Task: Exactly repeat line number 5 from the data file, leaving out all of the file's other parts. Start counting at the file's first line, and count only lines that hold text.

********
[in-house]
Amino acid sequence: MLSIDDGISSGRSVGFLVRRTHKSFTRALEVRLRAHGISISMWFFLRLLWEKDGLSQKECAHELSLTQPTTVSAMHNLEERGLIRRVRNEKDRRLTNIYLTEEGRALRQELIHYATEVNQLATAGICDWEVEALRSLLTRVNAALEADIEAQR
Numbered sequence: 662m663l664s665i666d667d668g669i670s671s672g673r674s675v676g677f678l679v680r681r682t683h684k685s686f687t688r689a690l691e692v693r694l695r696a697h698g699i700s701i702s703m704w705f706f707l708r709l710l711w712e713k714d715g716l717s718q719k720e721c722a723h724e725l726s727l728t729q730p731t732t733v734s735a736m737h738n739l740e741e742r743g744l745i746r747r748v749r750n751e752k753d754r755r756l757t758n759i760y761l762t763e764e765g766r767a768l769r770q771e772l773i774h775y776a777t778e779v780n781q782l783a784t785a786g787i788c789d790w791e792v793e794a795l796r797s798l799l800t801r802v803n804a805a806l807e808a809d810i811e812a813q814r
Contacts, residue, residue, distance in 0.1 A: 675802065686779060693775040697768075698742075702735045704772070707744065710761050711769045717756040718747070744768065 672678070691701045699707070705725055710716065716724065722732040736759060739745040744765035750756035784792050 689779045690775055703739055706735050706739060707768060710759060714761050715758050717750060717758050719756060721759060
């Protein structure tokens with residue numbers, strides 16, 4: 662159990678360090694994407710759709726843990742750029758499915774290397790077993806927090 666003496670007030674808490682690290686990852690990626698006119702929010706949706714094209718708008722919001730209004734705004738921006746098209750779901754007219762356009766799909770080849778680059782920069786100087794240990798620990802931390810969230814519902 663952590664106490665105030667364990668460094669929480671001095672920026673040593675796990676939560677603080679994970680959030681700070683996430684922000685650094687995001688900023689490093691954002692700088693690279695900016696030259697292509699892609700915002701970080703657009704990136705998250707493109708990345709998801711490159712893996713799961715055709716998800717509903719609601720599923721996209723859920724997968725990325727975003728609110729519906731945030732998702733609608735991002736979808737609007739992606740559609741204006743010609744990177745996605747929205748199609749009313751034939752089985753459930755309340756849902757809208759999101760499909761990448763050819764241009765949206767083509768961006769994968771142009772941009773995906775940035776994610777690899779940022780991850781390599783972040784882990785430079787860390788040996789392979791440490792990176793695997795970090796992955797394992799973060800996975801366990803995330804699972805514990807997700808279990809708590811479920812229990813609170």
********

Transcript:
């Protein structure tokens with residue numbers, strides 16, 4: 662159990678360090694994407710759709726843990742750029758499915774290397790077993806927090 666003496670007030674808490682690290686990852690990626698006119702929010706949706714094209718708008722919001730209004734705004738921006746098209750779901754007219762356009766799909770080849778680059782920069786100087794240990798620990802931390810969230814519902 663952590664106490665105030667364990668460094669929480671001095672920026673040593675796990676939560677603080679994970680959030681700070683996430684922000685650094687995001688900023689490093691954002692700088693690279695900016696030259697292509699892609700915002701970080703657009704990136705998250707493109708990345709998801711490159712893996713799961715055709716998800717509903719609601720599923721996209723859920724997968725990325727975003728609110729519906731945030732998702733609608735991002736979808737609007739992606740559609741204006743010609744990177745996605747929205748199609749009313751034939752089985753459930755309340756849902757809208759999101760499909761990448763050819764241009765949206767083509768961006769994968771142009772941009773995906775940035776994610777690899779940022780991850781390599783972040784882990785430079787860390788040996789392979791440490792990176793695997795970090796992955797394992799973060800996975801366990803995330804699972805514990807997700808279990809708590811479920812229990813609170």